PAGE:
How To Distress Wood Paneling

Tired of old, dated wood paneling? This design trend is common in homes but can feel dated and unattractive. If you're sick of looking at walls that remind you of grandma's house, you're lucky - it's not a hard fix. And no, you won't have to pay to replace the whole wall.
Distressing wood paneling is a fairly simple technique that only requires a few basic items. The paint is the most expensive piece, and it doesn't require advanced skills. If you have time to wait for a few coats to dry, you too can distress your wood-paneled wall.
  1. Prepare the work area. Sand the surface and lay tarps down as needed. If desired, mark the surface to create the illusion of dented and scuffed wood.
  2. Clean the surface, removing all dust.
  3. Apply a stain if desired.
  4. Paint with white or gray paint, diluted with water. 
  5. Sand again if desired, completing the rough and marked look of your newly-weathered wall.

Keep reading to learn everything you need to know to complete each step. In addition, get some tricks on making the paint stick to smooth or shiny paneling like veneer.

A distressed wood paneling photographed up close, How To Distress Wood Paneling

How To Distress Wood Paneling

Distressed paint is a method or style that makes the item look aged or antique. It involves tricks such as sanding down paint spots, as though time has naturally rubbed the paint off. Similarly, there are other methods for achieving a distressed look by "roughing up" the surface. For example, this could be done with a few well-placed dings from a hammer, pry bar, or other tools. Since this item is supposed to seem believably old, it's realistic that it should have a few dents or scuffs.
Get our FREE 7 design style cheat sheets
Subscribe for home design tips & inspiration
Get your free gift: Downloadable design style cheat sheets
Thank you for subscribing!
An old wooden wall with burn marks and scratches
So how, exactly, do you create an intentionally weathered surface but still keep it looking natural? It's really not that hard if you're crafty and have time to do a few coats.

1. Prepare the Surface

The first thing you'll want to do is to sand the surface. Roughing it up a bit will help the paint stick better. Tape off areas where you don't want paint, and protect surfaces such as carpet with tarps or drop cloths.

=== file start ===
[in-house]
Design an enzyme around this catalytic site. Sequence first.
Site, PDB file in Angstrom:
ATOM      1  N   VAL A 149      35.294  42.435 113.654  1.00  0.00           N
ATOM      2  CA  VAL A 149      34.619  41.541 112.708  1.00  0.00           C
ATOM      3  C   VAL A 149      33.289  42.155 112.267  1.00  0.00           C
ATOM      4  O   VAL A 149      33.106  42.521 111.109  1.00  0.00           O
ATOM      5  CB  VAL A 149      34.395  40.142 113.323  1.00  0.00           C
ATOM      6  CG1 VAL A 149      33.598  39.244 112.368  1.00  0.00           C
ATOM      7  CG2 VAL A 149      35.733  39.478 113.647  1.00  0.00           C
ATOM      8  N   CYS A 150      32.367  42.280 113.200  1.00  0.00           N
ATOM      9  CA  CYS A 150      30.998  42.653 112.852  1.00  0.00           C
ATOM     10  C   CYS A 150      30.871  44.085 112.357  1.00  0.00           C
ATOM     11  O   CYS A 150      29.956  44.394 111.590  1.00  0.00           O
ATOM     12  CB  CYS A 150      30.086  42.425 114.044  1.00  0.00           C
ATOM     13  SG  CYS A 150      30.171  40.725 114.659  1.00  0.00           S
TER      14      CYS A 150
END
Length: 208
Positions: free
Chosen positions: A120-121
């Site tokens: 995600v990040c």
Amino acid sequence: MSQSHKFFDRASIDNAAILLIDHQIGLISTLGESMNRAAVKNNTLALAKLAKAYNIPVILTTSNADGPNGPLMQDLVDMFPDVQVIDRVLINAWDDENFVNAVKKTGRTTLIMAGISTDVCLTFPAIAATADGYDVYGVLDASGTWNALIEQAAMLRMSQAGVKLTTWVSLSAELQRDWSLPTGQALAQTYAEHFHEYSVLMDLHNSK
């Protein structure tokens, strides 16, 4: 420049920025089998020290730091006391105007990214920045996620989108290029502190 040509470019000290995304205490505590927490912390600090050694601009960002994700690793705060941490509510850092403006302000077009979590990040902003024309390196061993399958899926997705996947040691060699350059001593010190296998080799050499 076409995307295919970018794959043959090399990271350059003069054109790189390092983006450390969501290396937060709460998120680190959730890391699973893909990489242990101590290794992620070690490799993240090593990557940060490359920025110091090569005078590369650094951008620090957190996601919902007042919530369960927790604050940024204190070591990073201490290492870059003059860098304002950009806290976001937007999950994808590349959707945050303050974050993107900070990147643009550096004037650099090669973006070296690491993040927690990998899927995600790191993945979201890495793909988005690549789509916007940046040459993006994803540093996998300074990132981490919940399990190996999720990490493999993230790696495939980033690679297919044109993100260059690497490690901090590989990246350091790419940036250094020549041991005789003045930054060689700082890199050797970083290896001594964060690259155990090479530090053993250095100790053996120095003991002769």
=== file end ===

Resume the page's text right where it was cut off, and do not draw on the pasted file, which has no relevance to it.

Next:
This is the right time to add any desired marks or flaws to the surface as well. Some people leave dents and scratches by hitting a hammer or pry bar. Others pound nails or screws against the surface to create dimples. Some even whip a piece of chain against the wall (carefully!) It's totally up to you; there's nothing wrong with leaving the wall unmarred. If, however, you're really committed to the illusion of an old wall, some marks do add character. 

2. Clean the Wall

You know all that dust you just made in the first step? Well, now you have to clean it off. Dust left behind will stick in your paint and ruin the surface and texture. Use a vacuum and tack clothes for a thorough clean. For more advice and tips to clean your wall, try How to Clean Wall Paneling in 4 Easy Steps.

Click here to see tack clothes on Amazon.

3. How Do You Distress Stained Wood? (Optional)

A grungy wall photographed up close

Depending on your goal for the overall finished look and the current wood paneling color, you may want to apply a dark stain. Using a dark stain underneath will allow you to whitewash over it but have dark sections still peeking out. This creates a more dimensional and interesting effect, though it's not necessary.